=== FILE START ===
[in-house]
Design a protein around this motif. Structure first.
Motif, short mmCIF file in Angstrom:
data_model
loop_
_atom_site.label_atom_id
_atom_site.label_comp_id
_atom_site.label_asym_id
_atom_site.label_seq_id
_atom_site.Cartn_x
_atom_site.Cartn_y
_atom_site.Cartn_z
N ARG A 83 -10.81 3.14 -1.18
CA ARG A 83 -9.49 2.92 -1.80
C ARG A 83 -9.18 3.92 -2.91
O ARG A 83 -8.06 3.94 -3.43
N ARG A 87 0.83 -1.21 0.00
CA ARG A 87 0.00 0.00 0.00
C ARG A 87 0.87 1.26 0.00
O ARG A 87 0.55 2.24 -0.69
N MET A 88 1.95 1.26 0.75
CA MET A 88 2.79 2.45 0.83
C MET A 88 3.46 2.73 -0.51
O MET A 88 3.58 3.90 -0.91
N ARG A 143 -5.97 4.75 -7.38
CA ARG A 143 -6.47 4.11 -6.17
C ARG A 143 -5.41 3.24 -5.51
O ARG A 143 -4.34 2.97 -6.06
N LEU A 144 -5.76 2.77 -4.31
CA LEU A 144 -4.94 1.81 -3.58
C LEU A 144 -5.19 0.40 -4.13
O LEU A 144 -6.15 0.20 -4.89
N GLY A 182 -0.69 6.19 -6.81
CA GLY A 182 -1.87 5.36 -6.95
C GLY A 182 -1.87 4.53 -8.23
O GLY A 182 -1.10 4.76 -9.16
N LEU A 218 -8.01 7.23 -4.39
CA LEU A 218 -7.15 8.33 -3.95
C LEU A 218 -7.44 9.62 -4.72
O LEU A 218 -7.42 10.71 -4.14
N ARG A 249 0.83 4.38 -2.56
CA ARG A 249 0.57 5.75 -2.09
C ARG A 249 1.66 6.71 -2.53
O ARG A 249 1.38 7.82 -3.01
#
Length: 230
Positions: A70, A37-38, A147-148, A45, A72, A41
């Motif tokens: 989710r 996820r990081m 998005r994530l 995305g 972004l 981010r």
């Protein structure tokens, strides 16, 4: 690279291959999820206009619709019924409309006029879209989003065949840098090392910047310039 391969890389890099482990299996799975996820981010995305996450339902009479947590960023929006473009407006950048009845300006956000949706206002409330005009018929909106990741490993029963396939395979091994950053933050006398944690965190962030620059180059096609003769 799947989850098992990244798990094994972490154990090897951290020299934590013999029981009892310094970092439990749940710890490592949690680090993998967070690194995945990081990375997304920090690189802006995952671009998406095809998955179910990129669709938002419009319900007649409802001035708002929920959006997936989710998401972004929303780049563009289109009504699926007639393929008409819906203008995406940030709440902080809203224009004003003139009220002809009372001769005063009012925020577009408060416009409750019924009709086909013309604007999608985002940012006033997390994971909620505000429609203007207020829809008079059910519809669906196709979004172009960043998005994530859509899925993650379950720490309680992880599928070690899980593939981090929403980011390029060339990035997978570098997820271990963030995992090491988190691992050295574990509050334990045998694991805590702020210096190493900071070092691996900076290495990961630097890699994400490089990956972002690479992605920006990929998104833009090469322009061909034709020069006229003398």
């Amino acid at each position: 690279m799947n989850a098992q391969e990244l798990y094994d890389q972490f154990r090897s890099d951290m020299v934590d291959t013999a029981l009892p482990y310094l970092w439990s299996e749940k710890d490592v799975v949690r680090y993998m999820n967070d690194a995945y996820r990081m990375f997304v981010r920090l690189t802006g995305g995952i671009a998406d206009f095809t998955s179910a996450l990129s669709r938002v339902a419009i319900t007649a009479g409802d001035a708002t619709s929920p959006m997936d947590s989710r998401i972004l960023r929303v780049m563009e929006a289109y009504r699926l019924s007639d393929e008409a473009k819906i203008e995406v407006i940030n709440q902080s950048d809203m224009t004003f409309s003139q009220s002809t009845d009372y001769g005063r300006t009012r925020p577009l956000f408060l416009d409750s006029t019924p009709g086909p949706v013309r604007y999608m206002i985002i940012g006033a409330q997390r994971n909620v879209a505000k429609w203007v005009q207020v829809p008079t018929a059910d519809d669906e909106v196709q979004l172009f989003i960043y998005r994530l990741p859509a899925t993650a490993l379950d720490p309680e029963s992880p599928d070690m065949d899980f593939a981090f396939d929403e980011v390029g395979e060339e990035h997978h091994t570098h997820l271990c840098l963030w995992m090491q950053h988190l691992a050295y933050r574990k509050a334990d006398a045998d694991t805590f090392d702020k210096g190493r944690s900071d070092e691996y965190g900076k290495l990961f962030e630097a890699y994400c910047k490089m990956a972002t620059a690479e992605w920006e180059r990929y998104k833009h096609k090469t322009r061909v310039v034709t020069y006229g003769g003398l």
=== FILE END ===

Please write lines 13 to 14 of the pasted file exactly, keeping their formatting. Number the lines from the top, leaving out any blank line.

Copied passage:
N ARG A 83 -10.81 3.14 -1.18
CA ARG A 83 -9.49 2.92 -1.80